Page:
To say the least, Sanusi’s dethroning was not unexpected. Ganduje had always shown his hand in this plot. Really, the emir of Kano never hid his dislike for him. But what is there to like about a governor who was allegedly caught on camera stuffing wads of dollars into his babariga? In the build-up to the 2019 governorship election in the state, the emir was not shy in expressing his disapproval to Ganduje’s candidature.

So, Ganduje, who considers Sanusi a ‘’loud mouth’’, plotted a bitter revenge after he was re-elected. He had moved to remove the emir in 2018 but for the intervention of some ‘’higher powers’’. However, he whittle-down the power of the emir by creating new emirates from his domain. He was not done though. He rustled-up allegations, set up probe panels – all in the desperation to embarrass Sanusi.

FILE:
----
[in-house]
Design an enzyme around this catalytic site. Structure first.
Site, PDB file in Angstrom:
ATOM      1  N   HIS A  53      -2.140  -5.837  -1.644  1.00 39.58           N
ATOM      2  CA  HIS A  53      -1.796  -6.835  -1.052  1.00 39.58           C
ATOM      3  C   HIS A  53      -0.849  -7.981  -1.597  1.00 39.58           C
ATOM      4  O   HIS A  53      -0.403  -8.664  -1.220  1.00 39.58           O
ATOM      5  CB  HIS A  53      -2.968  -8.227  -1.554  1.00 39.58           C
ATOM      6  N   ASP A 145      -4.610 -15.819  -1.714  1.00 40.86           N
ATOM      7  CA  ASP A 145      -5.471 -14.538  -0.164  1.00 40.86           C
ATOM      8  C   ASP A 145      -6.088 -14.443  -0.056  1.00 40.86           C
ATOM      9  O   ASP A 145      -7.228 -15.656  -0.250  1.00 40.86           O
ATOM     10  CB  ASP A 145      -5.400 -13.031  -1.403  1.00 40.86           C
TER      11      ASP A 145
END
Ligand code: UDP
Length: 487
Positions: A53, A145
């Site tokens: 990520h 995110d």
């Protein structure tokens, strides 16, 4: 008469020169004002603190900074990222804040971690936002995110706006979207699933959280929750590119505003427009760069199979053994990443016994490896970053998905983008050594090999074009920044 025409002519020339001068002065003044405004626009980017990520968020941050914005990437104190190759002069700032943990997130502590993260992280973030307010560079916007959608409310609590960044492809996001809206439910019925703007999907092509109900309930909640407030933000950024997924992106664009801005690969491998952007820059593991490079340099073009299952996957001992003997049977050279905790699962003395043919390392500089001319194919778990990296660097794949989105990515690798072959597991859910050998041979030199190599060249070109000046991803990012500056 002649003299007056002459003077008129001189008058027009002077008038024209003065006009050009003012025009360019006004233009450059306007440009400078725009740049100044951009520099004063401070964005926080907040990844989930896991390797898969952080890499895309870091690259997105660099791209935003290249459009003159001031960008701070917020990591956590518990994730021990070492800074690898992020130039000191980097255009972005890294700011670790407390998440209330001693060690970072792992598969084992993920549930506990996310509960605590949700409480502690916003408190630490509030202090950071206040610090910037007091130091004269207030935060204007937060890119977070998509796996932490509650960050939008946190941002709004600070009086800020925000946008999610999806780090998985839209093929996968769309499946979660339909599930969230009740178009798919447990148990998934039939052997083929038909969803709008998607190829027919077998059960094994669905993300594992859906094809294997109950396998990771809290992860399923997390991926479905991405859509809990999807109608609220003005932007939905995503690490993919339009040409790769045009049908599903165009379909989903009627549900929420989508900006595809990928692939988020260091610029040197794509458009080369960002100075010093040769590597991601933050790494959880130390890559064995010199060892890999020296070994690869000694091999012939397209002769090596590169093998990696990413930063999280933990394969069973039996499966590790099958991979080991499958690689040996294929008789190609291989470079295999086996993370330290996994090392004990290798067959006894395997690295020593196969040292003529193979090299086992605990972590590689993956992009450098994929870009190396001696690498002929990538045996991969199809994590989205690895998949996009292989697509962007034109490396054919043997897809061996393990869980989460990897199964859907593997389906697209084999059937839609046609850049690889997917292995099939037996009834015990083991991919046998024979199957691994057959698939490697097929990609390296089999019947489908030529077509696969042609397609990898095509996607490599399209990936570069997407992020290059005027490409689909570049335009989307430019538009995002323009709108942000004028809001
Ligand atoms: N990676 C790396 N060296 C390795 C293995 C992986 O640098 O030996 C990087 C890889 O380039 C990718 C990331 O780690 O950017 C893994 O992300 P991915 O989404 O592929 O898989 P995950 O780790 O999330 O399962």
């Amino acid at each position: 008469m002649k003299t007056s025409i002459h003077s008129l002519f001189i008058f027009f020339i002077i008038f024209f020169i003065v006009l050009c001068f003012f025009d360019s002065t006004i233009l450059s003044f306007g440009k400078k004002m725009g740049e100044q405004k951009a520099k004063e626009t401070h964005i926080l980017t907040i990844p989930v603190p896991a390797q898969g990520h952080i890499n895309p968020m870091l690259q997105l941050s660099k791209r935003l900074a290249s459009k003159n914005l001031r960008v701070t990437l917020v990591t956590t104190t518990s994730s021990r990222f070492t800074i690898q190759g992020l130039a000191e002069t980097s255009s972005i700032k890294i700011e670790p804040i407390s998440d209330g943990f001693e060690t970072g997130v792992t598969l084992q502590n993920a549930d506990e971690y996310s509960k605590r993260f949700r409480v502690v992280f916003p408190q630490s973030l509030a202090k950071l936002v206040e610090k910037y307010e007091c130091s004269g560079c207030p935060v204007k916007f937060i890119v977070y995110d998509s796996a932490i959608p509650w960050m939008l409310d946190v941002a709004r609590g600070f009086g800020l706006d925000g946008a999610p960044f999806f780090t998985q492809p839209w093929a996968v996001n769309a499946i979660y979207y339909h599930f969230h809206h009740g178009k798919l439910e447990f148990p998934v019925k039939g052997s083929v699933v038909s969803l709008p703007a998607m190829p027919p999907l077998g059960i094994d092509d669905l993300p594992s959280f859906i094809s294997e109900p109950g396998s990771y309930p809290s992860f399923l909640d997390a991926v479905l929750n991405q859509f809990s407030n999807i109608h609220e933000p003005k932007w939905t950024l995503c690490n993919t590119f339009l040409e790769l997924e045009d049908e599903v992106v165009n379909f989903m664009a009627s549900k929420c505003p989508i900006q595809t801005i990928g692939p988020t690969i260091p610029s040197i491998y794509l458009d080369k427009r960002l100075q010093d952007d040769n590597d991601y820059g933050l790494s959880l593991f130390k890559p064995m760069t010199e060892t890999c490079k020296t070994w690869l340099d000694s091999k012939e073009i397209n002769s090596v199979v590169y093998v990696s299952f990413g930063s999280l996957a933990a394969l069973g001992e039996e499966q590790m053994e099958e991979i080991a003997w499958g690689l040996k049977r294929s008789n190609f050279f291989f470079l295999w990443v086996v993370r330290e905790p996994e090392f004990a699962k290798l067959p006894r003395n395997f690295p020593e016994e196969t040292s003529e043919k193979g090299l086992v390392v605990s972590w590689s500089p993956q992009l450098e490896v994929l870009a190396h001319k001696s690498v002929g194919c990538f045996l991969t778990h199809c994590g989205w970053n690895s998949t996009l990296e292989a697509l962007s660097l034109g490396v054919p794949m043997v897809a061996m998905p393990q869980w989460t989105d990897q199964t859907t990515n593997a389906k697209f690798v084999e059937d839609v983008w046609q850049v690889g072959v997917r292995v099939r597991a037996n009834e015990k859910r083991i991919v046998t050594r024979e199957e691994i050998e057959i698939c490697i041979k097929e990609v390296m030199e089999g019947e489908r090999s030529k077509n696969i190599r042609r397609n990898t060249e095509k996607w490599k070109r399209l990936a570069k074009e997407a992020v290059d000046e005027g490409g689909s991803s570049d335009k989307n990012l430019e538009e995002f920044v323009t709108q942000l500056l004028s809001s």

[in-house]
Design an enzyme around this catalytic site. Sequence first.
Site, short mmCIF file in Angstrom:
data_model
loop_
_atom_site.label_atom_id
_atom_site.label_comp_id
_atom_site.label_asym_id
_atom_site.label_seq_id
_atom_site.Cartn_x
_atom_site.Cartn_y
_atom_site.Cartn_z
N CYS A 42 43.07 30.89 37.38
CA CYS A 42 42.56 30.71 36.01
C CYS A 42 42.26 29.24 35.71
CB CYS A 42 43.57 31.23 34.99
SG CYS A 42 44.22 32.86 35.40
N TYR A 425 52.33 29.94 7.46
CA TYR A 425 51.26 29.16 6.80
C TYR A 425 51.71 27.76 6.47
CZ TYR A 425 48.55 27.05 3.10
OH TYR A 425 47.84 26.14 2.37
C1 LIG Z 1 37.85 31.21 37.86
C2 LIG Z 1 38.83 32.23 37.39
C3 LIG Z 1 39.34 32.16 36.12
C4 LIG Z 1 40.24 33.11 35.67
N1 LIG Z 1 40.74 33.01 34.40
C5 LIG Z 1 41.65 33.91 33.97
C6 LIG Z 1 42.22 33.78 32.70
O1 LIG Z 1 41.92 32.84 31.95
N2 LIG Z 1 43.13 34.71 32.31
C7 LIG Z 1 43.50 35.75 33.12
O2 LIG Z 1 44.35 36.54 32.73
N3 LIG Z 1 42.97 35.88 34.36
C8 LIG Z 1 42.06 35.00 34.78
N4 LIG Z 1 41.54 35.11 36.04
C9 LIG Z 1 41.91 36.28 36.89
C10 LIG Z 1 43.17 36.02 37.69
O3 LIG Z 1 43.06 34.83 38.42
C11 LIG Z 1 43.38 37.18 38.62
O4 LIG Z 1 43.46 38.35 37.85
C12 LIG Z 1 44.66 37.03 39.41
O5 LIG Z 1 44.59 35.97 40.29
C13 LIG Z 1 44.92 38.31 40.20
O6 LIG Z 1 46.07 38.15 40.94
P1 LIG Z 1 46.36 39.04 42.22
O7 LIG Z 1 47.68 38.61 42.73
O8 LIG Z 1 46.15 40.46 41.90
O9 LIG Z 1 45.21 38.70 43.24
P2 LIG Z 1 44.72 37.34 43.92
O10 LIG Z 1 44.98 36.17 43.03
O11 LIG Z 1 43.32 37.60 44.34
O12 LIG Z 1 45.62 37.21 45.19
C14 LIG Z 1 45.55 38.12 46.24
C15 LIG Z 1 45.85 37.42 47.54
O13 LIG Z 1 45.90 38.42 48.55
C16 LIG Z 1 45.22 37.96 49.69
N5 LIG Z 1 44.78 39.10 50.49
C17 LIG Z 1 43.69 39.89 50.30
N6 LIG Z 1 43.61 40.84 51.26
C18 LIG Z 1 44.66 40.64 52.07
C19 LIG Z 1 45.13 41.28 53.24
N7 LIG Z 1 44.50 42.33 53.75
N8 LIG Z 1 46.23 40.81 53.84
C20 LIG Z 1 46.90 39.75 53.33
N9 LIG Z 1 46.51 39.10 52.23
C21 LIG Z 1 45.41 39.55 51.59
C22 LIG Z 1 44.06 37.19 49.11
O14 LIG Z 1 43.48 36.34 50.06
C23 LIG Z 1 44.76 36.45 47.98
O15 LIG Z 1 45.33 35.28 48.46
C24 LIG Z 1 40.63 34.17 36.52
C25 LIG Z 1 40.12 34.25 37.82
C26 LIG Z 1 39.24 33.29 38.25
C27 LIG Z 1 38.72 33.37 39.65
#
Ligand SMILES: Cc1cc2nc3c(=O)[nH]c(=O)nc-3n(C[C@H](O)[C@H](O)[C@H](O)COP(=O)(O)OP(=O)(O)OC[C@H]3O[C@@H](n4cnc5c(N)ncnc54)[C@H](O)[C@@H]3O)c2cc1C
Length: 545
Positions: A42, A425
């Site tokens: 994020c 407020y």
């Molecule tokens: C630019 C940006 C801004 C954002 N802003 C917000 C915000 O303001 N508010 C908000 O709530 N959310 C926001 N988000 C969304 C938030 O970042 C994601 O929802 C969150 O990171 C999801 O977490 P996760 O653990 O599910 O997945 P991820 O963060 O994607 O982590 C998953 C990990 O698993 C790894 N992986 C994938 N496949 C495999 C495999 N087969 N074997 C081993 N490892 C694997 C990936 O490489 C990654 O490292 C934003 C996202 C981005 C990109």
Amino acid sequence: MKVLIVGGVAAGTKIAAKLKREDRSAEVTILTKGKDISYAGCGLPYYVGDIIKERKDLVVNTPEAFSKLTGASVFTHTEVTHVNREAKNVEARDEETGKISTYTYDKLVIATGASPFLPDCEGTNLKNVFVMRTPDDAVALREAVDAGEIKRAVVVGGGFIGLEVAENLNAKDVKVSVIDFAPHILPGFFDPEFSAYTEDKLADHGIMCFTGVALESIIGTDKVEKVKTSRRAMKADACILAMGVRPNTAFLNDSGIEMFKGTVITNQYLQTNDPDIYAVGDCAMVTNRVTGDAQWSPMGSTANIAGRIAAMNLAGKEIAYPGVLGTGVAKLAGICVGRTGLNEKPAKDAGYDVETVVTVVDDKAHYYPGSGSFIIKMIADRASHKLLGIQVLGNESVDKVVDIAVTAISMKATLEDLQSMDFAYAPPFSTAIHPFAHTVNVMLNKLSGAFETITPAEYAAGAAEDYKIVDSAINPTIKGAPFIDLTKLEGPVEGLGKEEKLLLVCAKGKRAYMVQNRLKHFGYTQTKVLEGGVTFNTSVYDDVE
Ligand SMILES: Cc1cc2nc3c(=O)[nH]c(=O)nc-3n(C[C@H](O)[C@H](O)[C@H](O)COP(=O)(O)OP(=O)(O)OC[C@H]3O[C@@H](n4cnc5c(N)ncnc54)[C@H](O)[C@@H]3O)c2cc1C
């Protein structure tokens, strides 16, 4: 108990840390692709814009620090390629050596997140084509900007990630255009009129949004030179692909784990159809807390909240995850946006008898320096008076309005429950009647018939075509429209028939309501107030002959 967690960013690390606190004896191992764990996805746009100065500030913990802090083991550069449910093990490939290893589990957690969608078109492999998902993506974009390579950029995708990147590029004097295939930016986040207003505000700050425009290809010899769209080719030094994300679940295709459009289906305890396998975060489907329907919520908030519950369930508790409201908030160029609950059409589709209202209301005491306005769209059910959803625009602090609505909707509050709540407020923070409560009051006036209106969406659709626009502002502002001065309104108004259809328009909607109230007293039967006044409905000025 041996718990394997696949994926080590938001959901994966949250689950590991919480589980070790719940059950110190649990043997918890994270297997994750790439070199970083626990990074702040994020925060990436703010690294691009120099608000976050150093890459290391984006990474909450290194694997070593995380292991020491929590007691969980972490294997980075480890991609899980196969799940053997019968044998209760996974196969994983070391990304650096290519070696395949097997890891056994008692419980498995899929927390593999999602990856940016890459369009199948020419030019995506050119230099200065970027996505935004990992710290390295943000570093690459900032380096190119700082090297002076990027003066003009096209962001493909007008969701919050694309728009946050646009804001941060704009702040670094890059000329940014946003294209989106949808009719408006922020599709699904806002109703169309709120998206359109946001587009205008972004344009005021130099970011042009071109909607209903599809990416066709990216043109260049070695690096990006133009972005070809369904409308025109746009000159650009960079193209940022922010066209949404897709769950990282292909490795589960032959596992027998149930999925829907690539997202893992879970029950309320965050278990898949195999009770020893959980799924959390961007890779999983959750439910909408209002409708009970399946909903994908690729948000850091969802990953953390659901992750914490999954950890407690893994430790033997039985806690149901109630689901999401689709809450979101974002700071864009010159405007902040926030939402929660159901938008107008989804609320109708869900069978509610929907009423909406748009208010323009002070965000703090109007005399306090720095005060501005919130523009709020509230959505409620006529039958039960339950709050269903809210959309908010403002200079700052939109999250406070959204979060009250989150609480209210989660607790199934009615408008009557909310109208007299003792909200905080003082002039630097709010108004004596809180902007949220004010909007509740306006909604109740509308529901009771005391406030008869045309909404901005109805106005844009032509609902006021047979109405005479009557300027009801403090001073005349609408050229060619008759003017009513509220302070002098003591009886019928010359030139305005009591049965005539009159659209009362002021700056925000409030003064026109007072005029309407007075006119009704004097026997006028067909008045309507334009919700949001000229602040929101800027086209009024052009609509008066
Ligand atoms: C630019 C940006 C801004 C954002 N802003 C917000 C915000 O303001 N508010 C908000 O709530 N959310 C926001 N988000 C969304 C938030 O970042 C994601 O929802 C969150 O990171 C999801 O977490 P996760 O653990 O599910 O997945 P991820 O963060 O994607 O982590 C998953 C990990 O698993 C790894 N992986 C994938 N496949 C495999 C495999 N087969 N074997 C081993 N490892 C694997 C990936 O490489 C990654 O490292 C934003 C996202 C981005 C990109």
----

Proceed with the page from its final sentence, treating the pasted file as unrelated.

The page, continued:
But Sanusi was still talking.

Really, one of the most abrasive places to exist is in the circle of non-progressives. You talk different, think different or act different, they will feel threatened. Even when you try to clown around; the aboriginal clowns will still feel threatened because you do not look the part.

I think, Emir Sanusi is light-years away from the people he is dealing with in Kano government. He is needed more at the top echelon of government where he can contribute more meaningfully to the development of Nigeria.

Northern Nigeria is not ready for an emir like Sanusi. He is ahead of his time.

Fredrick Nwabufo is a writer and journalist.